Acta Neuropathologica

, Volume 121, Issue 1, pp 135–143 | Cite as

The application of in vitro cell-free conversion systems to human prion diseases

  • Michael Jones
  • Alexander H. Peden
  • Mark W. Head
  • James W. Ironside


A key event in the pathogenesis of prion diseases is the conversion of the normal cellular isoform of the prion protein into the disease-associated isoform, but the mechanisms operating in this critical event are not yet fully understood. A number of novel approaches have recently been developed to study factors influencing this process. One of these, the protein misfolding cyclical amplification (PMCA) technique, has been used to explore defined factors influencing the conversion of cellular prion protein in a cell-free model system. Although initially developed in animal models, this technique has been increasingly applied to human prion diseases. Recent studies have focused on the role of different isoforms of the disease-associated human prion protein and the effects of the naturally occurring polymorphism at codon 129 in the human prion protein gene on the conversion process, improving our understanding of the interaction between host and agent factors that influence the wide range of phenotypes in human prion diseases. This technique also allows a greatly enhanced sensitivity of detection of disease-associated prion protein in human tissues and fluids, which is potentially applicable to disease screening, particularly for variant Creutzfeldt–Jakob disease. The PMCA technique can also be used to model human susceptibility to a range of prions of non-human origin, which is likely to prove of considerable future interest as more novel and potentially pathogenic prion diseases are identified in animal species that form part of the human food chain.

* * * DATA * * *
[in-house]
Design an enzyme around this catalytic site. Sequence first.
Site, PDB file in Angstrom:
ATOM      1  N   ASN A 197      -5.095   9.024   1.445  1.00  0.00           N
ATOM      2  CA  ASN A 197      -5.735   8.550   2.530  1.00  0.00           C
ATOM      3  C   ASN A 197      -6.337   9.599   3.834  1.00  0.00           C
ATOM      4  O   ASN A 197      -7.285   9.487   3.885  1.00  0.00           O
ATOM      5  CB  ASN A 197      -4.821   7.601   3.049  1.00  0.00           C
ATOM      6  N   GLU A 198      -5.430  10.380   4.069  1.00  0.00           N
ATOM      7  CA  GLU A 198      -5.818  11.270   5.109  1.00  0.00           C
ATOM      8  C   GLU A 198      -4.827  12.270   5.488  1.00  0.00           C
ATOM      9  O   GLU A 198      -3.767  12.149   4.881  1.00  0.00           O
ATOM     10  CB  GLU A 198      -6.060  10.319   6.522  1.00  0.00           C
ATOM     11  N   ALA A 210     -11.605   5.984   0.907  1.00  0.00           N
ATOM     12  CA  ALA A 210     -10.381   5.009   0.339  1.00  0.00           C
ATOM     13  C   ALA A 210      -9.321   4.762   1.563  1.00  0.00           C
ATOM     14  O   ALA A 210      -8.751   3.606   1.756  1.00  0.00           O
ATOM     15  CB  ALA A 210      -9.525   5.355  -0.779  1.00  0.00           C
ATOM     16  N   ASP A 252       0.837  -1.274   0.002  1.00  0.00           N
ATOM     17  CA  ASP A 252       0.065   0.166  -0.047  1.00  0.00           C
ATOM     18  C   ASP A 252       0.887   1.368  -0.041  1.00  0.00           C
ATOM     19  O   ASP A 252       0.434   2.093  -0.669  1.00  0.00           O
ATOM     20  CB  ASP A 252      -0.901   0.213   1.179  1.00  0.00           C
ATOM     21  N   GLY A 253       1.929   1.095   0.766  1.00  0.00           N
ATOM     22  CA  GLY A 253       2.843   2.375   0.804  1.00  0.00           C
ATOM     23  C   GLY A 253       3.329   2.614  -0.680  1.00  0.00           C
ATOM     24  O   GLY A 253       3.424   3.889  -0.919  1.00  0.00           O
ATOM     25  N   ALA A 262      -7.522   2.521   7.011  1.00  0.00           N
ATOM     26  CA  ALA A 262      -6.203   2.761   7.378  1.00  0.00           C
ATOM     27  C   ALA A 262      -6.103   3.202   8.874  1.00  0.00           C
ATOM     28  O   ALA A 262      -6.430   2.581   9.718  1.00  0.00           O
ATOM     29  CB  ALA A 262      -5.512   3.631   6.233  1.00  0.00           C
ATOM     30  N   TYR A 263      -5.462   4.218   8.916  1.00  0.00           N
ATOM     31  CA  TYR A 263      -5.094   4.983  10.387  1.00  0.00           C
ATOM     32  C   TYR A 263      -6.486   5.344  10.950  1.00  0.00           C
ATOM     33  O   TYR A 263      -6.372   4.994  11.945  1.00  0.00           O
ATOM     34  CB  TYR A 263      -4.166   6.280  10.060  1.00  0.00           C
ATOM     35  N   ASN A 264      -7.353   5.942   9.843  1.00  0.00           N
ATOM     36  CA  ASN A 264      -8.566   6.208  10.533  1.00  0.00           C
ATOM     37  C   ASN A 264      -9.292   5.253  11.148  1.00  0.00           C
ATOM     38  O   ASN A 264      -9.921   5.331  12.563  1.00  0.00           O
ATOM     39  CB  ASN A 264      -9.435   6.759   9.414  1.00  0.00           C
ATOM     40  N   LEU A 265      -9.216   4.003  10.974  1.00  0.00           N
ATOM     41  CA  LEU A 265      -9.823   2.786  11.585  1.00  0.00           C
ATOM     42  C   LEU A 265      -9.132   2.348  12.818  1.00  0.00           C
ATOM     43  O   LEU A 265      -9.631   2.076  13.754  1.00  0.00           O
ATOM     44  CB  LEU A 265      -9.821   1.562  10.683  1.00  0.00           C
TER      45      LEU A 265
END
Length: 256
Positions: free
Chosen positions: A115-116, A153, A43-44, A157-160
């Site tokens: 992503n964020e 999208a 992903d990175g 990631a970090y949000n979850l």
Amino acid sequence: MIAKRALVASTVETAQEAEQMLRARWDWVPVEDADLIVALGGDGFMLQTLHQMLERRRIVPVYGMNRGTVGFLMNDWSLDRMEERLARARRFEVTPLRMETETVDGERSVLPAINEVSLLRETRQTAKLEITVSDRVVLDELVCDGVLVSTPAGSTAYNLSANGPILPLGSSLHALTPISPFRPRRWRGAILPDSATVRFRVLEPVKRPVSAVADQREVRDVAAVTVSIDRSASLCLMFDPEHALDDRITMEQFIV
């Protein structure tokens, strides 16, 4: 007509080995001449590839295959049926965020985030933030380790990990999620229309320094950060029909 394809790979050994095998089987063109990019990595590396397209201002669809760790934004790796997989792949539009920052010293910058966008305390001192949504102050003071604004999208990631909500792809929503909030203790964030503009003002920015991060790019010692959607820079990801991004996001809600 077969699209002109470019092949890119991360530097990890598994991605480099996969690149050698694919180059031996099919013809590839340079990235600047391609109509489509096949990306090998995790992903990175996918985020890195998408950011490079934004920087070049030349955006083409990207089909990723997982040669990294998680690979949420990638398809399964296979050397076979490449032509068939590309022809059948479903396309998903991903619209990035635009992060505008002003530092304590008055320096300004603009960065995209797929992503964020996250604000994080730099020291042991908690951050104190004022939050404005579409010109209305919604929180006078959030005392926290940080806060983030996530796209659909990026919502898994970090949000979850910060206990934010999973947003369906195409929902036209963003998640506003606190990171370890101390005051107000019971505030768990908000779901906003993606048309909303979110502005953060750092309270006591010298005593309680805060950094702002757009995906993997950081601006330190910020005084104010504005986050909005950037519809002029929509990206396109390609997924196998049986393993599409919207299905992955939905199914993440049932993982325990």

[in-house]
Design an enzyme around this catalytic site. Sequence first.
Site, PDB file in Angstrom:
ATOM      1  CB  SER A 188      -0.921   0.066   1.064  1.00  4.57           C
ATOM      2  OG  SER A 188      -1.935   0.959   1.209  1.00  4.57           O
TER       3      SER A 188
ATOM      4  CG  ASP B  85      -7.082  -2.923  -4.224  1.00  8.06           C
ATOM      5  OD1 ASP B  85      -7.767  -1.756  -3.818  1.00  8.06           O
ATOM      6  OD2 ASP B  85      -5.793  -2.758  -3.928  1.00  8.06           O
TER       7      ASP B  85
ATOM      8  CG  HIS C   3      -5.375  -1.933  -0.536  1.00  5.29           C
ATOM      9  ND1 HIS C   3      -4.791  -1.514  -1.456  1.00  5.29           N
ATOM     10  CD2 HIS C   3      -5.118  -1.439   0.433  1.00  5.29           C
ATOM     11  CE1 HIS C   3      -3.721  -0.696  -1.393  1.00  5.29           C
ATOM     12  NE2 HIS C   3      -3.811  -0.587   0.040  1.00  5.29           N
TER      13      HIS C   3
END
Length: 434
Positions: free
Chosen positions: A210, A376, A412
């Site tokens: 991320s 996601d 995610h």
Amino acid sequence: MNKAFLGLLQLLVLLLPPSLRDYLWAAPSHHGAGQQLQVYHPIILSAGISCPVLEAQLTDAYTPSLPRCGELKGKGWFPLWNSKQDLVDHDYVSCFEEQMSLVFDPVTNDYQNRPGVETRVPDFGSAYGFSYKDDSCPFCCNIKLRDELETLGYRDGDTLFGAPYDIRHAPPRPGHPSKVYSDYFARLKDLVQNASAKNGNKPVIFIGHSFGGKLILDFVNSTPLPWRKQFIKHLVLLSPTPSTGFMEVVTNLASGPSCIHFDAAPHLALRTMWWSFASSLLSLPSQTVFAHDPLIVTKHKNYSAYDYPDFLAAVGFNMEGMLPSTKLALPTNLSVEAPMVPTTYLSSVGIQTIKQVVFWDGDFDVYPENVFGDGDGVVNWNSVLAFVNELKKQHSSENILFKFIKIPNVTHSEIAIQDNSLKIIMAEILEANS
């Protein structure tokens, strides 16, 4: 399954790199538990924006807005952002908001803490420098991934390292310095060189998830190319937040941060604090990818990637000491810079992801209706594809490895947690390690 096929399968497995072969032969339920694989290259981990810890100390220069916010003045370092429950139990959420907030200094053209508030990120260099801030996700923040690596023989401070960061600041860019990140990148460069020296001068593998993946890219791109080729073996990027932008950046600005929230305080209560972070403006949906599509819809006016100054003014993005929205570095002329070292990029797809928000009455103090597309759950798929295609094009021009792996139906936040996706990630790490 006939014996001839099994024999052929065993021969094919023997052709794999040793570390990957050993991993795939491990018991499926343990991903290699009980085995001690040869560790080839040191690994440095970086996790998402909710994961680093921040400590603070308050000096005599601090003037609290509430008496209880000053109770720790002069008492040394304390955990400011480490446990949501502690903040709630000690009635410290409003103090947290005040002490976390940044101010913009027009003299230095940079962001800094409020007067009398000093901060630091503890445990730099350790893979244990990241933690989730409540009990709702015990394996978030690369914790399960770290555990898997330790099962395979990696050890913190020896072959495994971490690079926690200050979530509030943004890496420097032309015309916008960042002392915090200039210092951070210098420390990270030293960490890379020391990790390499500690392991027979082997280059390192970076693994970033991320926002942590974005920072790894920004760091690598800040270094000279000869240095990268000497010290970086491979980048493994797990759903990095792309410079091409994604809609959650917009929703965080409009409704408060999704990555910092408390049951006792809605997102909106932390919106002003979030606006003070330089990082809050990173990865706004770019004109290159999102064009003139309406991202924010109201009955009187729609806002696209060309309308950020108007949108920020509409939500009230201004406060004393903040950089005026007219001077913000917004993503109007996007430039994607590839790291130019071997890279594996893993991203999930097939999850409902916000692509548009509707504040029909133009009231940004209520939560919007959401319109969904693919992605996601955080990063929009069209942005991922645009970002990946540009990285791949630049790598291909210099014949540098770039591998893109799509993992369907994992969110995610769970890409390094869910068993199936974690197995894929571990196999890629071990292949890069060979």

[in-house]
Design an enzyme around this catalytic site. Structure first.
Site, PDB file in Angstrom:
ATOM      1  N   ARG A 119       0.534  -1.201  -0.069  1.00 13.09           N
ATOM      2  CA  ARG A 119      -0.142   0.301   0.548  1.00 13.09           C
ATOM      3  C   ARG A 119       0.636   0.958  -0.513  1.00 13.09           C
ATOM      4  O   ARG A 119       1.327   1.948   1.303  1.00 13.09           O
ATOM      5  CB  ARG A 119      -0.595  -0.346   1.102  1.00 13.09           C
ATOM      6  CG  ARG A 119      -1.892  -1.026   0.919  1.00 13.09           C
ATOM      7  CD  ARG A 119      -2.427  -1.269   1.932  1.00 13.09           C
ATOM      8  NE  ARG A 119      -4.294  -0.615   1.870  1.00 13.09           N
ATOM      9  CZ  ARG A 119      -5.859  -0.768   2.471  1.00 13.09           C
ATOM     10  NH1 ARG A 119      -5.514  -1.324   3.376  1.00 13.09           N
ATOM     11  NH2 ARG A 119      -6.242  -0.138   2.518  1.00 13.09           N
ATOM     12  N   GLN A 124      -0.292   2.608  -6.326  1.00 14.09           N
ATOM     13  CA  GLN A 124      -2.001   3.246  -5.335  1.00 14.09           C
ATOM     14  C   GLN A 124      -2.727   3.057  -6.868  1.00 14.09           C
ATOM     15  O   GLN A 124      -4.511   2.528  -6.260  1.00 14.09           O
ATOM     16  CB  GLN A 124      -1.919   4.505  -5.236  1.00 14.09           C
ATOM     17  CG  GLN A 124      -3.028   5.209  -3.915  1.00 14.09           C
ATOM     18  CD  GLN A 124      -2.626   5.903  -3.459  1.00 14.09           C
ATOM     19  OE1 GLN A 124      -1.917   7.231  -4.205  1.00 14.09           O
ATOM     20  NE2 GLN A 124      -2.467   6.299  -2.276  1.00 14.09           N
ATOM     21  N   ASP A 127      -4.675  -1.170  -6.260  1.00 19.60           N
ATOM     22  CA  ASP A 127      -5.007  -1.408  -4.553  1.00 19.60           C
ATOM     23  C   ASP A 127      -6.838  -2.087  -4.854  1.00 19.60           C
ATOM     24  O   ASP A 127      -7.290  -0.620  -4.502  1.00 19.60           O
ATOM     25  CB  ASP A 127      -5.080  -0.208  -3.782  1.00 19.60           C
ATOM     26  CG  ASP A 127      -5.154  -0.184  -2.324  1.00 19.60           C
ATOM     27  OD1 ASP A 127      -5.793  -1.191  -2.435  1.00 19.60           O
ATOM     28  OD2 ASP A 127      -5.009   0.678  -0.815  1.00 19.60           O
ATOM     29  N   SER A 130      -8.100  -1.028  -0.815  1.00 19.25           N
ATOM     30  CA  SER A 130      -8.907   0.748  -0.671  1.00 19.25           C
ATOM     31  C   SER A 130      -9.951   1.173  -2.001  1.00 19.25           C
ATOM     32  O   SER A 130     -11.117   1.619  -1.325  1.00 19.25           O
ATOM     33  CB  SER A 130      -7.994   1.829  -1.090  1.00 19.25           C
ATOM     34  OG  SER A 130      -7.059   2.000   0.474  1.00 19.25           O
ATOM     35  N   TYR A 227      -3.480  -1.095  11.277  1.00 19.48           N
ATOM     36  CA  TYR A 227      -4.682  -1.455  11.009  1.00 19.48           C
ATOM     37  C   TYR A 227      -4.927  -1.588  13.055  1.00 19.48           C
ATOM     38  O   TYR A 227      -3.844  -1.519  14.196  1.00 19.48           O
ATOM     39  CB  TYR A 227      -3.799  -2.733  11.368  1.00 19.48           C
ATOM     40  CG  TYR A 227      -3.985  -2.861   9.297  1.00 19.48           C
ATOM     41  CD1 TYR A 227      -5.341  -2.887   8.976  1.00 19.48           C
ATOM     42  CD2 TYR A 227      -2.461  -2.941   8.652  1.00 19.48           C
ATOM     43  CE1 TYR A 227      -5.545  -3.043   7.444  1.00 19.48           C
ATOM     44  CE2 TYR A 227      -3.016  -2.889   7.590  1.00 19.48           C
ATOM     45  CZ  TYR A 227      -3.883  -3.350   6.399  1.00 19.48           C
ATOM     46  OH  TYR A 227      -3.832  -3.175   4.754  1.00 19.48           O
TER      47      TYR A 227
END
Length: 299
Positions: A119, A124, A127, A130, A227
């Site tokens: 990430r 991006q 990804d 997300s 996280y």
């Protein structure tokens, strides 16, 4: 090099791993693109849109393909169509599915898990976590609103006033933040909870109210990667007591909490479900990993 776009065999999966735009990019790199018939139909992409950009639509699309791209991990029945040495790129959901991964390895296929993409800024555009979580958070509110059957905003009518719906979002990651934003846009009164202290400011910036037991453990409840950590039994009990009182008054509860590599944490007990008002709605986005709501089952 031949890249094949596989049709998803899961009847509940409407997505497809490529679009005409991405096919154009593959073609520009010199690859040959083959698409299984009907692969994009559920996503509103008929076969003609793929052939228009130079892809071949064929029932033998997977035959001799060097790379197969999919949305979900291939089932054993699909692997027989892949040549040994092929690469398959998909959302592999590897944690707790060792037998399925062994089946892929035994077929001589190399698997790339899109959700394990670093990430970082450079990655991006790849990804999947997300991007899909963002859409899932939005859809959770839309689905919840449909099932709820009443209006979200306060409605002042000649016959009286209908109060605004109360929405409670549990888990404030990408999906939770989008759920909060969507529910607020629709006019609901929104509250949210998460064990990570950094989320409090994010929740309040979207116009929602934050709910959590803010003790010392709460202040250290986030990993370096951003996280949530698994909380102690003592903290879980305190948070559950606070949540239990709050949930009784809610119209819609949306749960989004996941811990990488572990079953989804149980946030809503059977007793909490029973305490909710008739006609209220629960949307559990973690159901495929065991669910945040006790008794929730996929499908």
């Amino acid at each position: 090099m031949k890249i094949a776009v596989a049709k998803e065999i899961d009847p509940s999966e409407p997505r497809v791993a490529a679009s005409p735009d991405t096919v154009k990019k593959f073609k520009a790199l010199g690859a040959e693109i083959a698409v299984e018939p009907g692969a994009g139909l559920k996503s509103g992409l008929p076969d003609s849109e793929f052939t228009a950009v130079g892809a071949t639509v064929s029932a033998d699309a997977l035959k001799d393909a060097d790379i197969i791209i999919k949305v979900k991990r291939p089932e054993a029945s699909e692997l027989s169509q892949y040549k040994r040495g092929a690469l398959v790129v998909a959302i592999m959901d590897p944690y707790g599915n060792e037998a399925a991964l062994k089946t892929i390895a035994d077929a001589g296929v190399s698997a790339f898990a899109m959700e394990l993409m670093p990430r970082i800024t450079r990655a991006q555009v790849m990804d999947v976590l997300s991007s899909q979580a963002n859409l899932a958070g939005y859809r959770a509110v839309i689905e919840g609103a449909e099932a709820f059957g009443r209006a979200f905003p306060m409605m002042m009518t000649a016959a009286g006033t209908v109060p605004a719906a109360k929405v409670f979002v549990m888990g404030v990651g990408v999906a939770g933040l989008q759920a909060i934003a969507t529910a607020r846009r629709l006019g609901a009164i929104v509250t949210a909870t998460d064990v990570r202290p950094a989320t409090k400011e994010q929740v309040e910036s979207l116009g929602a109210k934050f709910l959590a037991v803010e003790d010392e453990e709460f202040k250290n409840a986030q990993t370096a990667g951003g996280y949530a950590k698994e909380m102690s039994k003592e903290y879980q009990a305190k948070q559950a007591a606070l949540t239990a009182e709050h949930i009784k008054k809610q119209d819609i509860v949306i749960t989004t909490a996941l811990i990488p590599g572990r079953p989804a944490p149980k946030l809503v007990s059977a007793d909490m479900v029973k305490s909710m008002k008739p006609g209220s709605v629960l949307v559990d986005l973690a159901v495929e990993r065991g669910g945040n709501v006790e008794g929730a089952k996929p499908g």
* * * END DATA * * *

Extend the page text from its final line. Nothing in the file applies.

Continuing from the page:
PMCA CJD vCJD Prion protein gene PrPC PrPSc 


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Copyright information

© Springer-Verlag 2010

Authors and Affiliations

  • Michael Jones
    • 2
  • Alexander H. Peden
    • 1
  • Mark W. Head
    • 1
  • James W. Ironside
    • 1
  1. 1.National Creutzfeldt–Jakob Disease Surveillance Unit, School of Molecular and Clinical MedicineUniversity of Edinburgh Western General HospitalEdinburghUK
  2. 2.Components and vCJD Research, National Science LaboratoriesScottish National Blood Transfusion ServiceEdinburghUK

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